Monday, June 22, 2020

174. FAME. From my (unpublished) ENCYCLOPEDIA OF THE NEW YORK STAGE, 1970-1975.

Ellen Barber.
Note: This entry is out of alphabetical order.

FAME [Comedy-Drama/Biographical/Films/Hollywood] A/D: Anthony J. Ingrassia; S: Douglas W. Schmidt; C: Jeffrey B. Moss; L: Martin Aronstein; P: James J.C. Andrews and Tony Zanetta for Mainman; T: John Golden Theatre; 11/18/74 (1)

Ellen Barber did a good job in the leading role of this à clef play based on the life of movie star Marilyn Monroe. The piece itself was laughed off the stage, though, for its sheer ineptitude. Clive Barnes blasted it as “the worst play of the season,” saying that the intermission was the evening’s most interesting part. Martin Gottfried called it “an amateur night version of a Hollywood novel.” Not that it hadn’t been vetted, since it originated in an Off-Off Broadway production.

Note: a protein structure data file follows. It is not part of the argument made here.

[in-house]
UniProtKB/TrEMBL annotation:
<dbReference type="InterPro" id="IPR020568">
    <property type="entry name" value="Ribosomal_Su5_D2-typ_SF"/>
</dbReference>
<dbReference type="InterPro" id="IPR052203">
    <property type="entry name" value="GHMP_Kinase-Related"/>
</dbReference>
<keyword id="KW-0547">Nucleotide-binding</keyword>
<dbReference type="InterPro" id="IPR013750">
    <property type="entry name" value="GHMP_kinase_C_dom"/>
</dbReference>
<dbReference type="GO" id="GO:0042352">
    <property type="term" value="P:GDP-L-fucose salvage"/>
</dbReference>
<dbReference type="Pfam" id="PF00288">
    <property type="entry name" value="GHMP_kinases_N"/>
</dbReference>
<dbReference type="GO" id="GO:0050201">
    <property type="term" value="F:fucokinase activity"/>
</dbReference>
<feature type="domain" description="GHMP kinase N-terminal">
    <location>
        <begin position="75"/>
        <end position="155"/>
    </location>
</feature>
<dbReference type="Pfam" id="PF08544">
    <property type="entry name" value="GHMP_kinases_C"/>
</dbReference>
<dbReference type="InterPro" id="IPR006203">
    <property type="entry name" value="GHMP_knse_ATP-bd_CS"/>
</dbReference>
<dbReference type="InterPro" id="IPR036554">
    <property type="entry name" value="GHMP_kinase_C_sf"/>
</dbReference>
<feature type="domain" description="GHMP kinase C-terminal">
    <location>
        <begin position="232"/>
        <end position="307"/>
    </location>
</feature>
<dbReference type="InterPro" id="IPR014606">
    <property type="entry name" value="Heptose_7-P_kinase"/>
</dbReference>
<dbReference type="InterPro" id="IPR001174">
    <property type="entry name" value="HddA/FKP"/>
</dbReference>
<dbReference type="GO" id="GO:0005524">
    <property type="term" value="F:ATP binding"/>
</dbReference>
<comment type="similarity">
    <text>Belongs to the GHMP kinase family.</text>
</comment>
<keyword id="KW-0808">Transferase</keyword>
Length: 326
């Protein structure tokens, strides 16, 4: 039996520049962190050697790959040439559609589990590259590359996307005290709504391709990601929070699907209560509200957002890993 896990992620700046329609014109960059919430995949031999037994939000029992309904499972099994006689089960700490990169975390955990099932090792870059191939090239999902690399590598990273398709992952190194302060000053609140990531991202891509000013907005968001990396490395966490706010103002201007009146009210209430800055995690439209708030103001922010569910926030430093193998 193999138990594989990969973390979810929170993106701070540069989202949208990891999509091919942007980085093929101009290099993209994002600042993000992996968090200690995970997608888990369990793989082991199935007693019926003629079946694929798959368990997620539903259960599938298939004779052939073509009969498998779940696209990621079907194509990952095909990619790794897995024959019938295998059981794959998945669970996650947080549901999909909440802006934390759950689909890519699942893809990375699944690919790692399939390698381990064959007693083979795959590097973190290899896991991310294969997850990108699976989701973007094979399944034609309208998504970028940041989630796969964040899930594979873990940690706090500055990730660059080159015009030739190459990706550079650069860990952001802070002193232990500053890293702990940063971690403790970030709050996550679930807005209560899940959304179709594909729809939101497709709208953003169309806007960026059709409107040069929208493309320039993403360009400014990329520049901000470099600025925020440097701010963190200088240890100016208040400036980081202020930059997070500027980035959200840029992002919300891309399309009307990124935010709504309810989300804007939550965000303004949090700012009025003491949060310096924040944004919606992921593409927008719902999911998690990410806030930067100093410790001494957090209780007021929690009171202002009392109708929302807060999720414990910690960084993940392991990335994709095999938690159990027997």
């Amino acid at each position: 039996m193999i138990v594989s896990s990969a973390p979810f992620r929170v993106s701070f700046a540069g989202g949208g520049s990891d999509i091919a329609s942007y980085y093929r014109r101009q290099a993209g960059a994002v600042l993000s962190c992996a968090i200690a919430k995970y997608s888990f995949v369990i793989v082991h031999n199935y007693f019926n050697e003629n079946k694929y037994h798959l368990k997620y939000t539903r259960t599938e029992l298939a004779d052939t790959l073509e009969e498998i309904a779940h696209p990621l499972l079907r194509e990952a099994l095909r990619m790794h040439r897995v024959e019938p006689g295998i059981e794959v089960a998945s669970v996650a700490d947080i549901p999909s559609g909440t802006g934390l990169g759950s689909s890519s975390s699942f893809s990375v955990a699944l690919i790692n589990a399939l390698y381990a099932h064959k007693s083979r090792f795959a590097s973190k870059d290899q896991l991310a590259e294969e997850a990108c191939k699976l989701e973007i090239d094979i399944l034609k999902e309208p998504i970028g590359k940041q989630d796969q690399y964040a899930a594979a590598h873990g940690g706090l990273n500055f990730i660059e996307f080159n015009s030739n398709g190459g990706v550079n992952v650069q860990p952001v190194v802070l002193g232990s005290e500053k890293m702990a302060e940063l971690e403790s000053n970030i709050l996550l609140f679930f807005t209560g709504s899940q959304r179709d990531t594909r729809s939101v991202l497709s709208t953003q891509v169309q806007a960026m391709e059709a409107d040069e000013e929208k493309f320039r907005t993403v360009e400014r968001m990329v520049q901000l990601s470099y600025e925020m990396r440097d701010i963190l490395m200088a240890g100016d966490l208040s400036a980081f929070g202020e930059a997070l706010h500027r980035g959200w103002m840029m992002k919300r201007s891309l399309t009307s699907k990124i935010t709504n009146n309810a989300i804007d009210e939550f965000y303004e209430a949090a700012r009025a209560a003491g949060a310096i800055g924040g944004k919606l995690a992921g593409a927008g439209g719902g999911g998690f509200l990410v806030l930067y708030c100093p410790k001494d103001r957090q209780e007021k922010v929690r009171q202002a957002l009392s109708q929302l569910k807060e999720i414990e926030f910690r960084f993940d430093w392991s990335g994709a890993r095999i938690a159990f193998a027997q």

In Fame, the Monroe character is called Diane Cook, her athlete husband is a boxer instead of a baseball player, and her writer husband is a novelist, not a playwright. These and all the rest of the 33 clichéd characters (played by eight actors) were involved in a multi-scened biography that never seemed sure of how much it meant to take its subject seriously or to camp it up for laughs.

It began with a revelation of the star as a corpse surrounded by the news media, then showed her rising and reenacting her life in flashback, and ended with her suicide by a sleeping pill overdose. The show itself could not outlive its opening night.